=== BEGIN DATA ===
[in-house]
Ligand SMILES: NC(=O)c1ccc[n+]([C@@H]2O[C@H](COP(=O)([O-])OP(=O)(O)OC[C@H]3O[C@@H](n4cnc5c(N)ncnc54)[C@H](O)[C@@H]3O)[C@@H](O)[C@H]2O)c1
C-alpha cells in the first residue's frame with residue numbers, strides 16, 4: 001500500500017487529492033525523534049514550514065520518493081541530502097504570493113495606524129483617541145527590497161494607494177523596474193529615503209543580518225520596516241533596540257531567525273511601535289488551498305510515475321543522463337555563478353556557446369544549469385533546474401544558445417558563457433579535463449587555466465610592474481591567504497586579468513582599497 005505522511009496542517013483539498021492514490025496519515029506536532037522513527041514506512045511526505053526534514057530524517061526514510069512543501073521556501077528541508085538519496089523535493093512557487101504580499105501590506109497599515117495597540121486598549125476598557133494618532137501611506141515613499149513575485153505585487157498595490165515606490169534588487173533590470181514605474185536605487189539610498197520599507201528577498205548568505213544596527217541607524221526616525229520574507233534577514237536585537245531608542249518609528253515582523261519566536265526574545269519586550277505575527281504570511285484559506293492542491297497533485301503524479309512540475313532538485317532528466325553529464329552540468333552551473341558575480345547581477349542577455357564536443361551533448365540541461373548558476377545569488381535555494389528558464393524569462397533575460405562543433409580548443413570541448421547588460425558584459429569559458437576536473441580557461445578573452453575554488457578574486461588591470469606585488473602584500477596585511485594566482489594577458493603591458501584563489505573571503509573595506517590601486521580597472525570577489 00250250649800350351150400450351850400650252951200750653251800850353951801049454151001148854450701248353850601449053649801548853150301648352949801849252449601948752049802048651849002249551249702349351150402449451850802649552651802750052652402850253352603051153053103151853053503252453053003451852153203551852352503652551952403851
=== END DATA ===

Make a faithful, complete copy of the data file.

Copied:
[in-house]
Ligand SMILES: NC(=O)c1ccc[n+]([C@@H]2O[C@H](COP(=O)([O-])OP(=O)(O)OC[C@H]3O[C@@H](n4cnc5c(N)ncnc54)[C@H](O)[C@@H]3O)[C@@H](O)[C@H]2O)c1
C-alpha cells in the first residue's frame with residue numbers, strides 16, 4: 001500500500017487529492033525523534049514550514065520518493081541530502097504570493113495606524129483617541145527590497161494607494177523596474193529615503209543580518225520596516241533596540257531567525273511601535289488551498305510515475321543522463337555563478353556557446369544549469385533546474401544558445417558563457433579535463449587555466465610592474481591567504497586579468513582599497 005505522511009496542517013483539498021492514490025496519515029506536532037522513527041514506512045511526505053526534514057530524517061526514510069512543501073521556501077528541508085538519496089523535493093512557487101504580499105501590506109497599515117495597540121486598549125476598557133494618532137501611506141515613499149513575485153505585487157498595490165515606490169534588487173533590470181514605474185536605487189539610498197520599507201528577498205548568505213544596527217541607524221526616525229520574507233534577514237536585537245531608542249518609528253515582523261519566536265526574545269519586550277505575527281504570511285484559506293492542491297497533485301503524479309512540475313532538485317532528466325553529464329552540468333552551473341558575480345547581477349542577455357564536443361551533448365540541461373548558476377545569488381535555494389528558464393524569462397533575460405562543433409580548443413570541448421547588460425558584459429569559458437576536473441580557461445578573452453575554488457578574486461588591470469606585488473602584500477596585511485594566482489594577458493603591458501584563489505573571503509573595506517590601486521580597472525570577489 00250250649800350351150400450351850400650252951200750653251800850353951801049454151001148854450701248353850601449053649801548853150301648352949801849252449601948752049802048651849002249551249702349351150402449451850802649552651802750052652402850253352603051153053103151853053503252453053003451852153203551852352503652551952403851